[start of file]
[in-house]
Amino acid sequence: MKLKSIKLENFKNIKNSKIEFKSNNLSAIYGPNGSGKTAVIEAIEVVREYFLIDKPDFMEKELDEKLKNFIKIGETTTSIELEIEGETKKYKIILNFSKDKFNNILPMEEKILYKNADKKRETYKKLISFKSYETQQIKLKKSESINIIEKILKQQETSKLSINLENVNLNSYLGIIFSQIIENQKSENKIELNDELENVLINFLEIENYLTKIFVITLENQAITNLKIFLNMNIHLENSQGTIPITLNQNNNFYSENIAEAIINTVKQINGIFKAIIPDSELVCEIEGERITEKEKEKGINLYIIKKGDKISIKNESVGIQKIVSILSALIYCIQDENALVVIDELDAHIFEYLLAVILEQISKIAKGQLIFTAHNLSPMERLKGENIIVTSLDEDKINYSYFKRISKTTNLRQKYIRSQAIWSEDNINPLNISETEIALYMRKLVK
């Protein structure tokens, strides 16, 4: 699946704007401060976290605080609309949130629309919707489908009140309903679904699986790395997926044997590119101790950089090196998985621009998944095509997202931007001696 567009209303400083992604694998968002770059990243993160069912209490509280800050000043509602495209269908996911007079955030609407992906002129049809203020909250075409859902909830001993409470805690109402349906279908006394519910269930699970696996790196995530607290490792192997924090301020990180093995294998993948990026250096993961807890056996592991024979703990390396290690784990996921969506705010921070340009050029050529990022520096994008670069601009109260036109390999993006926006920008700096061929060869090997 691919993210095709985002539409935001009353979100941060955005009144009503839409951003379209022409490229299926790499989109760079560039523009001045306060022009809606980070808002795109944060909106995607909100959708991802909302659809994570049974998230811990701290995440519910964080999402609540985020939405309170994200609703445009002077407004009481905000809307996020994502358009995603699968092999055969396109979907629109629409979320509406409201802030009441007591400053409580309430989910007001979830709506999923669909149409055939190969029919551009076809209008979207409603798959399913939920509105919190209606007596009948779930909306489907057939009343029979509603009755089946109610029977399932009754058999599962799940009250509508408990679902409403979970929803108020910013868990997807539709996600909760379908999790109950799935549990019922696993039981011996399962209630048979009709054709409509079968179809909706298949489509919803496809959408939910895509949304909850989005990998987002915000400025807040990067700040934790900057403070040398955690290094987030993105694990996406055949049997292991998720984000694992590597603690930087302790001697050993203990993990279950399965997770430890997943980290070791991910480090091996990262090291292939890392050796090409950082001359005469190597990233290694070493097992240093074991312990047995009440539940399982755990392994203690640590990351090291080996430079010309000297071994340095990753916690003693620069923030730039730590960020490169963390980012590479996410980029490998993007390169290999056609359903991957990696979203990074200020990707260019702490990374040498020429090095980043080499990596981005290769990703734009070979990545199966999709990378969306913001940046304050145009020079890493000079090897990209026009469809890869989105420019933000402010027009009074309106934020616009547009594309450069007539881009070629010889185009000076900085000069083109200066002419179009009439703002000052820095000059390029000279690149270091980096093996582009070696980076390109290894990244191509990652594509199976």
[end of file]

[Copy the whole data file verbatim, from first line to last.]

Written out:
[in-house]
Amino acid sequence: MKLKSIKLENFKNIKNSKIEFKSNNLSAIYGPNGSGKTAVIEAIEVVREYFLIDKPDFMEKELDEKLKNFIKIGETTTSIELEIEGETKKYKIILNFSKDKFNNILPMEEKILYKNADKKRETYKKLISFKSYETQQIKLKKSESINIIEKILKQQETSKLSINLENVNLNSYLGIIFSQIIENQKSENKIELNDELENVLINFLEIENYLTKIFVITLENQAITNLKIFLNMNIHLENSQGTIPITLNQNNNFYSENIAEAIINTVKQINGIFKAIIPDSELVCEIEGERITEKEKEKGINLYIIKKGDKISIKNESVGIQKIVSILSALIYCIQDENALVVIDELDAHIFEYLLAVILEQISKIAKGQLIFTAHNLSPMERLKGENIIVTSLDEDKINYSYFKRISKTTNLRQKYIRSQAIWSEDNINPLNISETEIALYMRKLVK
């Protein structure tokens, strides 16, 4: 699946704007401060976290605080609309949130629309919707489908009140309903679904699986790395997926044997590119101790950089090196998985621009998944095509997202931007001696 567009209303400083992604694998968002770059990243993160069912209490509280800050000043509602495209269908996911007079955030609407992906002129049809203020909250075409859902909830001993409470805690109402349906279908006394519910269930699970696996790196995530607290490792192997924090301020990180093995294998993948990026250096993961807890056996592991024979703990390396290690784990996921969506705010921070340009050029050529990022520096994008670069601009109260036109390999993006926006920008700096061929060869090997 691919993210095709985002539409935001009353979100941060955005009144009503839409951003379209022409490229299926790499989109760079560039523009001045306060022009809606980070808002795109944060909106995607909100959708991802909302659809994570049974998230811990701290995440519910964080999402609540985020939405309170994200609703445009002077407004009481905000809307996020994502358009995603699968092999055969396109979907629109629409979320509406409201802030009441007591400053409580309430989910007001979830709506999923669909149409055939190969029919551009076809209008979207409603798959399913939920509105919190209606007596009948779930909306489907057939009343029979509603009755089946109610029977399932009754058999599962799940009250509508408990679902409403979970929803108020910013868990997807539709996600909760379908999790109950799935549990019922696993039981011996399962209630048979009709054709409509079968179809909706298949489509919803496809959408939910895509949304909850989005990998987002915000400025807040990067700040934790900057403070040398955690290094987030993105694990996406055949049997292991998720984000694992590597603690930087302790001697050993203990993990279950399965997770430890997943980290070791991910480090091996990262090291292939890392050796090409950082001359005469190597990233290694070493097992240093074991312990047995009440539940399982755990392994203690640590990351090291080996430079010309000297071994340095990753916690003693620069923030730039730590960020490169963390980012590479996410980029490998993007390169290999056609359903991957990696979203990074200020990707260019702490990374040498020429090095980043080499990596981005290769990703734009070979990545199966999709990378969306913001940046304050145009020079890493000079090897990209026009469809890869989105420019933000402010027009009074309106934020616009547009594309450069007539881009070629010889185009000076900085000069083109200066002419179009009439703002000052820095000059390029000279690149270091980096093996582009070696980076390109290894990244191509990652594509199976």